Hunter House museum reopens after 200-year-old oak tree falls on property

Posted at 2:31 PM, Aug 07, 2019
and last updated 2019-08-12 11:09:24-04

NORFOLK, Va. - During the height of tourist season in Hampton Roads, a unique museum was forced to shut its doors.

"We are the only tourable Victorian house in Norfolk, and we tell the story of a working-class family," said Hunter House Victorian Museum Director Jackie Spainhour. "We are a hidden gem showcasing something no one else is."

The Hunter House Victorian Museum was closed for at least the next week after a massive, two-century old oak snapped and fell onto the roof during Sunday's severe storms.

"The tree was struck by lightning, and it's leaning on the third floor where our collections are stored," Spainhour said.

The Freemason District home, built in 1894, has been home to only one family before being turned into a museum.

"Our collection spans from old board games to historical clothing to postcards, original letters - things that can't be purchased, so it would be devastating to lose anything," Spainhour explained.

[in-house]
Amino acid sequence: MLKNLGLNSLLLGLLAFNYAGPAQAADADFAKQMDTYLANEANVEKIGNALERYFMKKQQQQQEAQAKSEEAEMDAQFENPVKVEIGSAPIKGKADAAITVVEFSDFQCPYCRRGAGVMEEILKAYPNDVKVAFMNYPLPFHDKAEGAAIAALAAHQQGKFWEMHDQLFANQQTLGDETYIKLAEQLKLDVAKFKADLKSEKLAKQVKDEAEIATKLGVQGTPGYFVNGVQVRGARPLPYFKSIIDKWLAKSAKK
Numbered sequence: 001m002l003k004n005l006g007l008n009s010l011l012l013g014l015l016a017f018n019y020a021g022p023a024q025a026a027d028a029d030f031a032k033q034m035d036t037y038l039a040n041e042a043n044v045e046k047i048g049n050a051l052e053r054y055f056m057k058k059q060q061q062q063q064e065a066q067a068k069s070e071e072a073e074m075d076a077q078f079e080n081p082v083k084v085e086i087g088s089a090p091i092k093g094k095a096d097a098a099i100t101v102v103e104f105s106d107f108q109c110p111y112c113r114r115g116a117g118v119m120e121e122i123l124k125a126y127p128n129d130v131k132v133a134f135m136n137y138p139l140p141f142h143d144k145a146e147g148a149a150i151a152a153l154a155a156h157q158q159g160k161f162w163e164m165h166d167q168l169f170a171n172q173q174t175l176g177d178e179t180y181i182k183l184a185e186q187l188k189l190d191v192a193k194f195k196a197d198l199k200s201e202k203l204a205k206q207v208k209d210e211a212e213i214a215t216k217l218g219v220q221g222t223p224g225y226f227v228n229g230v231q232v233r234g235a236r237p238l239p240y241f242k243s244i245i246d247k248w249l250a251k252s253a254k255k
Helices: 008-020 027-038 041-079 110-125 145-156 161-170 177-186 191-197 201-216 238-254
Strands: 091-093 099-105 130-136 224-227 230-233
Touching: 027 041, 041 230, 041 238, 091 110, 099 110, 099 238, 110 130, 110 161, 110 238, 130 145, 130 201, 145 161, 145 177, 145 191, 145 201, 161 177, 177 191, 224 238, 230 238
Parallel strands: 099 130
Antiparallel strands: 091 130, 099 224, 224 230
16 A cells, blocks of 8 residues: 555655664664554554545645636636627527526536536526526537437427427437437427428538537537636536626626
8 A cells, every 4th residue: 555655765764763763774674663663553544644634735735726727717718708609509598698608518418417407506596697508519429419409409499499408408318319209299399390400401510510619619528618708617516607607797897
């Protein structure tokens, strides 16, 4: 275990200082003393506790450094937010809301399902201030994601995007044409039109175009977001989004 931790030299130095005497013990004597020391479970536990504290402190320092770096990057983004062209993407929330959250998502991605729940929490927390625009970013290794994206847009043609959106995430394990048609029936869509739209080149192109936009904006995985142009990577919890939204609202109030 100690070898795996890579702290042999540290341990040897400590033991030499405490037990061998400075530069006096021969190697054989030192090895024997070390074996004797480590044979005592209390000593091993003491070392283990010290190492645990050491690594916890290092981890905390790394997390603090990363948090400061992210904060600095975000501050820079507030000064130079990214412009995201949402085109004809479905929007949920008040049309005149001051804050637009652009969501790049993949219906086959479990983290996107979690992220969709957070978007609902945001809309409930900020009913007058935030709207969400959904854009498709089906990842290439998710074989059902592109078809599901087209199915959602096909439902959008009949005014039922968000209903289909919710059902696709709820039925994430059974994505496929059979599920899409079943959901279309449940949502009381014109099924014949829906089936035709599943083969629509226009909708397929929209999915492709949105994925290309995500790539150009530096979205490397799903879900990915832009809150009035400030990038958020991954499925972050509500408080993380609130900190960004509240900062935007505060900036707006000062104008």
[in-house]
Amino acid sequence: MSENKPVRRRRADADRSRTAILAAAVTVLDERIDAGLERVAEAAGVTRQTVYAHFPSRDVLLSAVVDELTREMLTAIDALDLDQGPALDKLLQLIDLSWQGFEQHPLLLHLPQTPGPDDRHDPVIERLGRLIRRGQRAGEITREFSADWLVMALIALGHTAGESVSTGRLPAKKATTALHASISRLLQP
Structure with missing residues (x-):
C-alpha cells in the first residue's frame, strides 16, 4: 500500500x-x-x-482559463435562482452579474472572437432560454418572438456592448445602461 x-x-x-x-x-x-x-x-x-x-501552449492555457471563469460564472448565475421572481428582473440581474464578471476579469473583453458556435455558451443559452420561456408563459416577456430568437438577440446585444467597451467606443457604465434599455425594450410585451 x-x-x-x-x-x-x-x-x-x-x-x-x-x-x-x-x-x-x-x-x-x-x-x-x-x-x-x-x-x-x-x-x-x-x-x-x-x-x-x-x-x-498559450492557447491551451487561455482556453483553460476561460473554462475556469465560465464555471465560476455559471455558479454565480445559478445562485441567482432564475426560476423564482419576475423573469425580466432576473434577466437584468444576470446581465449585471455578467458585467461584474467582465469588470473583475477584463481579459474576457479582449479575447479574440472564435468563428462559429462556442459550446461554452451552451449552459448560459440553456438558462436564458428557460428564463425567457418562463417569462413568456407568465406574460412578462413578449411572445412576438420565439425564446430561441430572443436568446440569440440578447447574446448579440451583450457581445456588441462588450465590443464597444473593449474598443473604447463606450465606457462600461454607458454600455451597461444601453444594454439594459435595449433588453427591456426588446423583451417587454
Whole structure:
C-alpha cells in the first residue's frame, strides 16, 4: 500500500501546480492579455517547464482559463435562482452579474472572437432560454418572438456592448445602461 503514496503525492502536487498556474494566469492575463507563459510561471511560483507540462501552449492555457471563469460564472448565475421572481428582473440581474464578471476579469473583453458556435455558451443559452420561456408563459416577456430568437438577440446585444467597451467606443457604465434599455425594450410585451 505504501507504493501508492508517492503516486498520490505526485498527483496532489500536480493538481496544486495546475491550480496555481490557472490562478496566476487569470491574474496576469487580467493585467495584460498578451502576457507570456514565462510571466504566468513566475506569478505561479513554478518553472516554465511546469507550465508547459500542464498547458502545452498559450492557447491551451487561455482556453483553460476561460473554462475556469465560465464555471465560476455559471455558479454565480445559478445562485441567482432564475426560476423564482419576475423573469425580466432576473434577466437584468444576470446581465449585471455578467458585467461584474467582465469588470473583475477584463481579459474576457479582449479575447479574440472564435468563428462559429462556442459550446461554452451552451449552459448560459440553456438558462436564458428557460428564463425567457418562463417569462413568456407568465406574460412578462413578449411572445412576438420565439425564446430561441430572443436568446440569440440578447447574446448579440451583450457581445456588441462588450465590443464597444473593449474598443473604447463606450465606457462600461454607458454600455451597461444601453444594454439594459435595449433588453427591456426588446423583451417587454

The closure was terrible timing, says Spainhour.

"It is tourist season. We are a small non-profit. Every day we are closed, we are losing a lot of visibility and funding for archives and the facility," she explained.

On Monday the museum posted on Facebook saying they are reopened, "We are happy to announce that we are back to our regular hours this week! We will be open for tours Wed-Sat 10-3:30 p.m. and Sunday 12:30-3:30 p.m. Come check out our travel exhibit!"

Their insurance company has surveyed the damage and says it will only cover part of the cost to remove the limbs and uproot the tree.

"It's going to cost around $3,000-4,000, and we will need help from the community to raise funds," Spainhour said.

Spainhour says the tree was even mentioned in the will of Hunter family members, including Eloise Dexter,who was born in 1885.

"The trees were really important to her, so when we think about losing this, to some people it's just a tree but this is the story of her life. To see it go is devastating," said Spainhour.

After the tree is uprooted, it will be mulched and place in the garden.

The museum has created a GoFundMe page to help with costs. Click here if you'd like to donate.